Submitted by Smiths Falls Police Department

Domestic Charges
On Aug. 4, police responded to a reported domestic incident in Smiths Falls. A 29 year old North Bay male was arrested and charged with two counts of assault. He was later released from custody to reside in North Bay.

Man’s frustration leads to charges

A male who lives in the downtown core of Smiths Falls became frustrated on Aug. 5 due to headlights of parked cars shining in his residence. The 61-year-old proceeded to smash the headlights on the cars with the drivers inside. He was later arrested and charged with mischief

Impaired driving incident
Smiths Falls police responded to an OPP request on Aug. 11 to be on the lookout for a possible impaired driver. Smiths Falls officers later located the vehicle and the operator was suspected of being over the legal limit. The 30-year-old female refused to provide a breath sample and was later charged for that refusal. She was released with a future court date.

Disturbance charges
On Aug. 13 police were on an unrelated call when they came across a male causing a disturbance. The male refused to comply with officers requests to stop causing the disturbance and he was arrested at the scene. A 30-year-old Smiths Falls male was charged with cause disturbance and possession of marijuana. He was later released with a future court date.

Wanted person arrested

On Aug. 15 an officer on regular patrol came across a male known to be wanted by police. The male was arrested and later turned over to the Ontario Provincial Police.

Smiths Falls Police Service urges anyone with further information regarding these incidents, or similar incidents, to contact our service at 613-283- 0357. Information may be provided anonymously by calling Crime Stoppers at 1-800- 222-TIPS (8477).

Operation Dry Water gets full police support

Wednesday, July 13, 2016 @ 08:07 AM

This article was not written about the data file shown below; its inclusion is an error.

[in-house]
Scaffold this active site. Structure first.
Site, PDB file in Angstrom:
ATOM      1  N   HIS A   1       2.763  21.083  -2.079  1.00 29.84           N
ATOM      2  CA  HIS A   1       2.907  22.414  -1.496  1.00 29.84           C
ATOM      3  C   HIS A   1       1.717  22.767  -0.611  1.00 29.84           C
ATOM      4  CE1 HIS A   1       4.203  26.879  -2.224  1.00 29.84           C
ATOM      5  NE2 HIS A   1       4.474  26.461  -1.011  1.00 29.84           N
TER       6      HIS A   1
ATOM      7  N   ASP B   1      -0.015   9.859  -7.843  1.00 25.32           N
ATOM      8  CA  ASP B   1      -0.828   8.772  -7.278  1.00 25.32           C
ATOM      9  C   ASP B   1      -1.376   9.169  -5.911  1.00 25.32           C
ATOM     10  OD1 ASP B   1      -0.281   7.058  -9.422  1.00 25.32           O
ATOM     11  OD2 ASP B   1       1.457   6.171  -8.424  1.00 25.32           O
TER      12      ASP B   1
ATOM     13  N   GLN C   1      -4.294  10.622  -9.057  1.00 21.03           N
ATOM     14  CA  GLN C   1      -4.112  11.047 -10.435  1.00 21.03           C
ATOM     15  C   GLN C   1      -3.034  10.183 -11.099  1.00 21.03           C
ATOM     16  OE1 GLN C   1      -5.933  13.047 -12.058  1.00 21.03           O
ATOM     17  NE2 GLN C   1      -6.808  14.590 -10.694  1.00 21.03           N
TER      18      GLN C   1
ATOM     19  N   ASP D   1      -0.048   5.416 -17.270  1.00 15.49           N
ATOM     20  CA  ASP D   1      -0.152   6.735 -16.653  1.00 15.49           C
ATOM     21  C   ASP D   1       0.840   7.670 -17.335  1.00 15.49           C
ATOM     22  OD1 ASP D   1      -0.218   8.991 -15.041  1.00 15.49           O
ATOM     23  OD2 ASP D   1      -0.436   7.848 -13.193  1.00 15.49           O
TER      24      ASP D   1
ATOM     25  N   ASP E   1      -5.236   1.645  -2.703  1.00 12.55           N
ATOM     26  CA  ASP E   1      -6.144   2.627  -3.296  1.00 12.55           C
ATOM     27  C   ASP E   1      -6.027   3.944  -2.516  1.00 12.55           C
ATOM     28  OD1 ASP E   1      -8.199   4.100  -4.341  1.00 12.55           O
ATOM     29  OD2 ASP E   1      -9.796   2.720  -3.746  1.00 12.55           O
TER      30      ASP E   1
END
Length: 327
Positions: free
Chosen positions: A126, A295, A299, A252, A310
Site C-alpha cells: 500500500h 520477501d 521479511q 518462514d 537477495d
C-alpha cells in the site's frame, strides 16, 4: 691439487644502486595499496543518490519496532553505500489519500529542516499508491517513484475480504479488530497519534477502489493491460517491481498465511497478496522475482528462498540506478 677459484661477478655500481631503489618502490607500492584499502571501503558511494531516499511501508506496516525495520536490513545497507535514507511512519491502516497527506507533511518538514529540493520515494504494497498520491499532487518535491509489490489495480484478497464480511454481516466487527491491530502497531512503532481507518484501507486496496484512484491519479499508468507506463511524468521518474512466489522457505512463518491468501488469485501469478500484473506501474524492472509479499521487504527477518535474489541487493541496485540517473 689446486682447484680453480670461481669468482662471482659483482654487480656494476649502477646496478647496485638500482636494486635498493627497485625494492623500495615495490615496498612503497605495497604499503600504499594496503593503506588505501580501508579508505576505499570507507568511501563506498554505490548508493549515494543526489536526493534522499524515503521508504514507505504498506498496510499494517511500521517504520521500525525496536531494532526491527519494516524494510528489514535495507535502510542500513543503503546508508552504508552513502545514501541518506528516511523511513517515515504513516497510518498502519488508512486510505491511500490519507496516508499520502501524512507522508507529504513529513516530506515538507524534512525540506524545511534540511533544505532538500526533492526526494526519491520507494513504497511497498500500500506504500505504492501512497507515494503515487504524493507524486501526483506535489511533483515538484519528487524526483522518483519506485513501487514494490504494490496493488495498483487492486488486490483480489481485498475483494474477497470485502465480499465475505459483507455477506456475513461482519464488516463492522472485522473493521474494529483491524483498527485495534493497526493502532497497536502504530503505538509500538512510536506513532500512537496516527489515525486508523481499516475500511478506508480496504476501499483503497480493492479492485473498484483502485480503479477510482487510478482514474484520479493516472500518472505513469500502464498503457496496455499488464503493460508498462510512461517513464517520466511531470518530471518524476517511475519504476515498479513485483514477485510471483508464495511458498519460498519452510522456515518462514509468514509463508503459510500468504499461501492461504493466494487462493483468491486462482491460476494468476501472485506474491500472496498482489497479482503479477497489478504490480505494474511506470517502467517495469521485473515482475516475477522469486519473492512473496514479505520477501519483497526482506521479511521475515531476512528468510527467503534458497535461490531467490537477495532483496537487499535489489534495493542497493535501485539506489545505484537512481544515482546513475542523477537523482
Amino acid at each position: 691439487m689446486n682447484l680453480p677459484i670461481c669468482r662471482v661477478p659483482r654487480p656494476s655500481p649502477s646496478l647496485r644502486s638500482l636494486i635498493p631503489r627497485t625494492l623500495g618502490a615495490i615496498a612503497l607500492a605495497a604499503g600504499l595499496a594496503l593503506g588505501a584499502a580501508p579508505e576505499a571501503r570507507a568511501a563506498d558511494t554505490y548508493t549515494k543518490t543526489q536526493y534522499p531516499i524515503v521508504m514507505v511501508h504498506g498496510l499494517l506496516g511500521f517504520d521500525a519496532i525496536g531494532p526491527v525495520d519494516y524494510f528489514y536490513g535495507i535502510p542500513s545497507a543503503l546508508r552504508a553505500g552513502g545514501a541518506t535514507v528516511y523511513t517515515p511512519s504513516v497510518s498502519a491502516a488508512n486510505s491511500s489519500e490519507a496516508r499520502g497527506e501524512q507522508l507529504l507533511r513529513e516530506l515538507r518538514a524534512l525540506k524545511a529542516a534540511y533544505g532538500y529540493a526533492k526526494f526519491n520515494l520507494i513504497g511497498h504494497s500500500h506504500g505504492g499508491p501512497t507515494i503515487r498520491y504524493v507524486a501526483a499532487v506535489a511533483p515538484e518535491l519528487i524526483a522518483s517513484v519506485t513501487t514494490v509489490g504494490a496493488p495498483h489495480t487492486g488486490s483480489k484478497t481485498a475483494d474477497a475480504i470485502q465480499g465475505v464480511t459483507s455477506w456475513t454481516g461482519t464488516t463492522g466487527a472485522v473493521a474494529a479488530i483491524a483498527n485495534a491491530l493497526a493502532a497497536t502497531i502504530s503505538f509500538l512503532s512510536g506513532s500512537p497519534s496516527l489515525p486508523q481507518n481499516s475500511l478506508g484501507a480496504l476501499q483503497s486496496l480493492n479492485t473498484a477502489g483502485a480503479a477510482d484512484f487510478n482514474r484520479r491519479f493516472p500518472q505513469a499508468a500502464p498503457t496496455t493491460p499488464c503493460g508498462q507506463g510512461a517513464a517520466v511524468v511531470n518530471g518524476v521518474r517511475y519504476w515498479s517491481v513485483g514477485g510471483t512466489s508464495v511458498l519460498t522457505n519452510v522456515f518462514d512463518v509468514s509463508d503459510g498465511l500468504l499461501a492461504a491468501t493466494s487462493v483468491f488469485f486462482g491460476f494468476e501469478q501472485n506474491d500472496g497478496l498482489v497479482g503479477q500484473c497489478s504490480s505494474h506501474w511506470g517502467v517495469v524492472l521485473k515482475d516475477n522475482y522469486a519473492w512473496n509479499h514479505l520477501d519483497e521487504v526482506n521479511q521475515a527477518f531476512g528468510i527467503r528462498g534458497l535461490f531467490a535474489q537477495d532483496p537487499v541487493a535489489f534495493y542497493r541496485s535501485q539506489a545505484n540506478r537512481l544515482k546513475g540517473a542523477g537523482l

posted by April Scott-Clarke

The Smiths Falls Police Service supports the Canadian Safe Boating Council initiative to reduce impaired boating deaths this August long weekend

Drinking and boating accounts for approximately 40% of boating-related fatalities on Canadian waterways. To raise awareness and reduce alcohol related deaths, the Smiths Falls Police Service is supporting the Canadian Safe Boating Council (CSBC) initiative called “Operation Dry Water.” Its goal is to discourage this dangerous practice.

With the summer boating season in high gear, the August 1st long weekend is the perfect time to remind Canadian boaters about the risks of drinking and boating. Combined with sun, wind, waves and the rocking motion of the boat, the effects of alcohol on the water can be greatly increased.

The CSBC and Smiths Falls Police Service would like, through this initiative, to raise attention to the problem of boating under the influence and to remind boaters not to drink and boat. Officers will be checking boats in and along the Rideau Canal system through town to ensure people are boating responsibly and following the rules of the water. Please ensure you are being responsible and have all of your proper safety equipment on board.

Operation Dry Water will focus on the potential risks of drinking and boating, and remedies that are currently in place to discourage it.

Federal statutes dictate that, whether or not your craft is motorized, you can be charged with Impaired Operation of a vessel under the Criminal Code of Canada if your blood alcohol level exceeds the .08 threshold.

Some provinces have enacted legislation where drinking and boating can affect your automobile driving privileges. In Ontario you will lose your Driver License. Operation Dry Water is aimed at reducing the number of alcohol-related accidents and fatalities on the water while fostering a stronger and more visible deterrent to alcohol use while boating.

The end goal? To achieve safer and more enjoyable recreational boating. This initiative is made possible through support of Transport Canada’s Office of Boating Safety.

Operation freeze to reward youngsters for good deeds

Tuesday, July 12, 2016 @ 12:07 PM
posted by Tara McNeil

The Smiths Falls Police Service, Smiths Falls and District Crimestopper and Mac’s Convenience Stores have joined forces to combat crime and to reward youngsters for good deeds they perform.

This is a campaign to reward youngsters who perform a good deed anywhere that might otherwise go unrecognized.

Smiths Falls Police Officers on patrol who see a good deed performed by a young person or note that the young person is following the law will be rewarded with a FREE 710ml FROSTER from Mac’s Convenience Stores.

This Campaign is to encourage young persons to obey the law and do good deeds thereby putting a freeze on crime and keeping our town safe.
Submitted by Constable David Murphy the Community Service Officer of the Smiths Falls Police Service.